In normal parlance corruption is associated with the abuse of power to amass wealth.
However corruption is more profound in nature. It includes and mainly defines dishonest or unethical conduct by a person entrusted with a position of authority, often to acquire personal benefit.
It is corruption and an abuse of authority for a person entrusted with authority to deliberately flout professional ethics to obtain advantage.
It is corruption, for example, for a newspaper to sacrifice or exchange professional ethics for the purposes of seeking political favour, especially where such support is offered to an opposition party with the hope that political favour will flow once the party assumes office.
This is corruption because it perverts and abuses a trust and bond that exists between a newspaper and its readers. This is a bond which readers often take for granted, by naively assuming that every newspaper will abide by universal ethical standards which uphold the sanctity of truth.
At the core of the journalism are the imperatives of truthfulness, accuracy, objectivity, fairness and accountability to the readership.
Sadly apart from the pursuit of commercial success, some newspapers have chosen to engage in deliberate dissemination of false and misleading information, to the extent sometimes of fabricating such information.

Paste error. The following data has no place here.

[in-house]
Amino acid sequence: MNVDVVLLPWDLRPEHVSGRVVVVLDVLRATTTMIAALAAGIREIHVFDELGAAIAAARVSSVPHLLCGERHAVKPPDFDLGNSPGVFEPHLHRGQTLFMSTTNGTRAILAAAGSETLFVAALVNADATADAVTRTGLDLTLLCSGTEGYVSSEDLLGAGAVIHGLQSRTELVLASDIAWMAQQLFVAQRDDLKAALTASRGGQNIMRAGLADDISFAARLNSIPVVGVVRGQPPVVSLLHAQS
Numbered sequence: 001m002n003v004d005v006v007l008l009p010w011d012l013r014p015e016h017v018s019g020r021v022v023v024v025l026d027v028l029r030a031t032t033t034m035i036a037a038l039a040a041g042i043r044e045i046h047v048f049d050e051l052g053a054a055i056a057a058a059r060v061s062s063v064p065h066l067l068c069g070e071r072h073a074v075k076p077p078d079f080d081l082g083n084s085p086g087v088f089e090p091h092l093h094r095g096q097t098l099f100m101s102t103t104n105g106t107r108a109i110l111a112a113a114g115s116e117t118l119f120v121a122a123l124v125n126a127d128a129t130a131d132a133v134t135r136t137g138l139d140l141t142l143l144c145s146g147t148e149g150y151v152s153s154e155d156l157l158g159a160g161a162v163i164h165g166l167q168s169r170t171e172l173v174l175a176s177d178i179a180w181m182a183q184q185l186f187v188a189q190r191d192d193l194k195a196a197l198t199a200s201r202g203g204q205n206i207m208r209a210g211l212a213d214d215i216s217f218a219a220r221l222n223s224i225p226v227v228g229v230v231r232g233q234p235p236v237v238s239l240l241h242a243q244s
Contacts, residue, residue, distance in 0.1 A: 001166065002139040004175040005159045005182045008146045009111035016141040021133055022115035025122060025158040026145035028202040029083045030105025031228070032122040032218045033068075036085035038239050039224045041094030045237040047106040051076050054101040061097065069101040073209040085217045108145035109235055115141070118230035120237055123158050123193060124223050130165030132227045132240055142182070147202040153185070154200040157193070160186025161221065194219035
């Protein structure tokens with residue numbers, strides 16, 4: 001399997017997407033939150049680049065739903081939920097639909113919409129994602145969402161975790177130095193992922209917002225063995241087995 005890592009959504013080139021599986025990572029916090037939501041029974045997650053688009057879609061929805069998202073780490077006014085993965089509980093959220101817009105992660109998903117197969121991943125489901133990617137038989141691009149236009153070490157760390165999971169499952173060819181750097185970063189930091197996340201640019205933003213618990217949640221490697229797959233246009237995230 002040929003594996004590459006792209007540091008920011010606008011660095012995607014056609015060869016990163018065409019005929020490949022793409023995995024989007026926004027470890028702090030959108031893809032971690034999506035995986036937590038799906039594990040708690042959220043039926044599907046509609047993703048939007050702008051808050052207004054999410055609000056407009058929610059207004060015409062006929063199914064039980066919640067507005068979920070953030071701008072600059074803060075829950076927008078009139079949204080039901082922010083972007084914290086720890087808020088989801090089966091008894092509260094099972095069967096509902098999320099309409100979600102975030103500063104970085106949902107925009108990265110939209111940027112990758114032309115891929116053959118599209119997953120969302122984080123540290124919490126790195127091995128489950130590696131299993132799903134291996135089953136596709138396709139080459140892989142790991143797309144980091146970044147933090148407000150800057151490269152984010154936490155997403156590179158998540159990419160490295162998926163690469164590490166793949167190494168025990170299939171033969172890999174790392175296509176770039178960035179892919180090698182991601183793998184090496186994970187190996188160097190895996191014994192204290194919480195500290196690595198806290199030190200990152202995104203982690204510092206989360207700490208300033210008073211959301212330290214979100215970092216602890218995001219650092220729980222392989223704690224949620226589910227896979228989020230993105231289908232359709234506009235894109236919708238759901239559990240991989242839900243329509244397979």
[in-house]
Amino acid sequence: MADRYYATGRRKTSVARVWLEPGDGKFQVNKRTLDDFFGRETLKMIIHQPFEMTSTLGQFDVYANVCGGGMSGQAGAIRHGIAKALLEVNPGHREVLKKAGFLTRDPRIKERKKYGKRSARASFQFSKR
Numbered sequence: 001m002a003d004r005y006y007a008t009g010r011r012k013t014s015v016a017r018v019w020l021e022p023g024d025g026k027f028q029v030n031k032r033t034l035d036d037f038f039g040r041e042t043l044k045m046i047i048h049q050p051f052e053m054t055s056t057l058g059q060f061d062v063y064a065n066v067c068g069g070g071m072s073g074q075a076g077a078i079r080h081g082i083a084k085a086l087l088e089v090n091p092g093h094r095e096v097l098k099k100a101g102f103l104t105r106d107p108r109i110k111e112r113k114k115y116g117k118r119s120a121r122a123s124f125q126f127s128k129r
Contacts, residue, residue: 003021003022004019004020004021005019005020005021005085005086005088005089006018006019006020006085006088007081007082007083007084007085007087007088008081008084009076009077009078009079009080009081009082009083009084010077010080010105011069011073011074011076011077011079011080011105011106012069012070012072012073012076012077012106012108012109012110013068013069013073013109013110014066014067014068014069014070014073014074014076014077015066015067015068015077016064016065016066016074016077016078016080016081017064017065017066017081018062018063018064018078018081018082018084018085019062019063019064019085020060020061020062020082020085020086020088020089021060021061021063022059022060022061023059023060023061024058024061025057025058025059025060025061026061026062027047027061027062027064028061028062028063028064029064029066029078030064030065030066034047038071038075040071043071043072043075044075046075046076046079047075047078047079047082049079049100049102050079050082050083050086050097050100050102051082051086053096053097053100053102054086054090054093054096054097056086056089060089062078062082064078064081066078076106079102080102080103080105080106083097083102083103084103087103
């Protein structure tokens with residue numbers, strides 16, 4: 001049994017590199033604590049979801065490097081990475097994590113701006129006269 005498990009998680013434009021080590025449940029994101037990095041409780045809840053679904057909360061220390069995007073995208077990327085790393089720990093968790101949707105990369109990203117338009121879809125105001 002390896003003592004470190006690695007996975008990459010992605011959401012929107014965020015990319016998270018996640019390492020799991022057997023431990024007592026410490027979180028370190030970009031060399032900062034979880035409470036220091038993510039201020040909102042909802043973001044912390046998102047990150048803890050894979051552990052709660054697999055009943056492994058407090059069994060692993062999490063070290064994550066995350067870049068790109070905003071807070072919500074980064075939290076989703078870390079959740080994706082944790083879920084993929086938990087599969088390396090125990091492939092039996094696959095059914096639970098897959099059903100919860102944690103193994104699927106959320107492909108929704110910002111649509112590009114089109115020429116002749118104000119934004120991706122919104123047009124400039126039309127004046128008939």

This is particularly the case in election periods when such information is intended to affect the outcome.
The role of newspaper is to tell the truth, however painful and hold those in authjority to account, but this also requires that the media observes the very standards that it prescribes for others.
When the News of the World was causgt in a web of deceit and lies, the proprietor Rupert Murdoch apologized by stating: “We are sorry. The News of the World was in the business of holding others to account. It failed when it came to itself. We are sorry for the serious wrongdoing that occurred. We are deeply sorry for the hurt suffered by the individuals affected. We regret not acting faster to sort things out. I realise that simply apologising is not enough. Our business was founded on the idea that a free and open press should be a positive force in society. We need to live up to this. In the coming days, as we take further concrete steps to resolve these issues and make amends for the damage they have caused, you will hear more from us.”
The rest is history, sufficie to state that it is the duty of every newspaper to be truthful and not to set out on brazen propaganda campaign that is intended to malign, mislead and cause as damage to personalities as possible.
There is no worse betrayal for a newspaper than to repeat fabricating stories, documents and information and insisting on their veracity even when ample information is provided to prove them either as forgeries or obtained under contrived circumstances.
Such duplicitous conduct does not only harm the particular newspaper but sows a general seed of distrust in the media as a whole.
At the third level, the company has betrayed its readers. For a company that prides itself on knowing its readers and giving them a voice, it has demonstrated the ultimate contempt and betrayal. Instead of being loyal and trustworthy, what its readership embody, the company has shown itself to be duplicitous and willing to betray its employees, sources, and its readers for profit and influence. It has sold its readers a lie. The leadership chose power over the people, the rich over the poor and the strong over the weak. They sold their readers and their trust to the highest political bidder.